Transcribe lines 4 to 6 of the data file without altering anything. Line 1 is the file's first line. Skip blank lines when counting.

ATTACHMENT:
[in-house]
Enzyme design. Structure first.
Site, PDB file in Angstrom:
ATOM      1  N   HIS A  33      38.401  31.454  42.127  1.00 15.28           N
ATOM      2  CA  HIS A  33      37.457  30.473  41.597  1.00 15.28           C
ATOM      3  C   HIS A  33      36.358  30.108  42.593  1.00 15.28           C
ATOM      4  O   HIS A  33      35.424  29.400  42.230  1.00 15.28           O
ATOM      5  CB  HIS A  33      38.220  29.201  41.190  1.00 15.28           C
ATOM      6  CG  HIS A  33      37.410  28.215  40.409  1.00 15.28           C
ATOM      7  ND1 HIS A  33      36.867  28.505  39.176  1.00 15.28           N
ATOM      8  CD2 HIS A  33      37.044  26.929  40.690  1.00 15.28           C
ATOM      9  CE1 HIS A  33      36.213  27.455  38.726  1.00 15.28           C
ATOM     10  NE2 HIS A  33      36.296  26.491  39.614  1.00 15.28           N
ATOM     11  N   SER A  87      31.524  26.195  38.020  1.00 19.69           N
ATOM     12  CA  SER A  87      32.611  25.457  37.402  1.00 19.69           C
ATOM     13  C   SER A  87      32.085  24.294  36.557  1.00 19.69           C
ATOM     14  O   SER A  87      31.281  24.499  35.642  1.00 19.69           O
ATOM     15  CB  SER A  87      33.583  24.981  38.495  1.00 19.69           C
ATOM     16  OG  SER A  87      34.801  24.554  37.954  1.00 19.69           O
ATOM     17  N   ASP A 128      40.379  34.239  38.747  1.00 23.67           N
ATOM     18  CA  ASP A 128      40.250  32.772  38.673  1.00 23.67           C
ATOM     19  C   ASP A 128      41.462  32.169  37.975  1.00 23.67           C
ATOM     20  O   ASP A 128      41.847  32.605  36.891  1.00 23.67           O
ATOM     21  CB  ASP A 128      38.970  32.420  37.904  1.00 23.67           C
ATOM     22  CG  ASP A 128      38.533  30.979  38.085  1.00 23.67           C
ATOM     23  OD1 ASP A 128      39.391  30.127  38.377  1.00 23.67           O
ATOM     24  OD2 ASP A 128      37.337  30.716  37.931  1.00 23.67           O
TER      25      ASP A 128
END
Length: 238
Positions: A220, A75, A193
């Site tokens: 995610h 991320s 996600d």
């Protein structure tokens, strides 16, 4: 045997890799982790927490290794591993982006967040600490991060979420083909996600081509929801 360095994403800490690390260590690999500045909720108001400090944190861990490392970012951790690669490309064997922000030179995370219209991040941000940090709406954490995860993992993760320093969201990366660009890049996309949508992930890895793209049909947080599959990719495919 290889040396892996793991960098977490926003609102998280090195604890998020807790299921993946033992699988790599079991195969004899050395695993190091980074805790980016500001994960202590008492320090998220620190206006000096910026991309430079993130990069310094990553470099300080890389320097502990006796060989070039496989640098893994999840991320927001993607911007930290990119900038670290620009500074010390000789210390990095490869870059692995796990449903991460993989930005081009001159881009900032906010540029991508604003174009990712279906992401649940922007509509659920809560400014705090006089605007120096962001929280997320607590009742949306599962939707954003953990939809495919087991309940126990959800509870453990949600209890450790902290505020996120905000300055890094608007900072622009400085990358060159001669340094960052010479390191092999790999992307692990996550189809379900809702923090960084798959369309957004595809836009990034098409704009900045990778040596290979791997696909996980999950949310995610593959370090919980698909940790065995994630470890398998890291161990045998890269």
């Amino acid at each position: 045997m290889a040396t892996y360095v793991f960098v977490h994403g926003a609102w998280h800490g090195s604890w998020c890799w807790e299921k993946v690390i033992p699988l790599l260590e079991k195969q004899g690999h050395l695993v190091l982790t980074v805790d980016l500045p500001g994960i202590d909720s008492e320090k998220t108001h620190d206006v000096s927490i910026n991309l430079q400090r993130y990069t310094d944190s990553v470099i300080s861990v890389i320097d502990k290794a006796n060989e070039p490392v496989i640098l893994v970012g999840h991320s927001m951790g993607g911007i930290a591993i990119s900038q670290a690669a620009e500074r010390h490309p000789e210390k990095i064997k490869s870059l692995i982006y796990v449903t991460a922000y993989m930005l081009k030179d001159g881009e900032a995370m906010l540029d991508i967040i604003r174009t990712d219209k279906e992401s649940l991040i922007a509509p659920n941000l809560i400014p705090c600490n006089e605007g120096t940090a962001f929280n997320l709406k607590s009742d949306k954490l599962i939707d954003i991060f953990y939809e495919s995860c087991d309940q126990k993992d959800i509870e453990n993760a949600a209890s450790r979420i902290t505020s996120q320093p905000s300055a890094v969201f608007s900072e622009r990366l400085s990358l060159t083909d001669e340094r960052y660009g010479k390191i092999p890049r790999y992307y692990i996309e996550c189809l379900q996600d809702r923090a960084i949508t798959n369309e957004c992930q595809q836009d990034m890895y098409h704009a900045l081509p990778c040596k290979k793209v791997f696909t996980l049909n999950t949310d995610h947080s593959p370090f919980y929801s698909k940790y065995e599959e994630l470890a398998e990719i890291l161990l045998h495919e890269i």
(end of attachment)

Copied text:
ATOM      1  N   HIS A  33      38.401  31.454  42.127  1.00 15.28           N
ATOM      2  CA  HIS A  33      37.457  30.473  41.597  1.00 15.28           C
ATOM      3  C   HIS A  33      36.358  30.108  42.593  1.00 15.28           C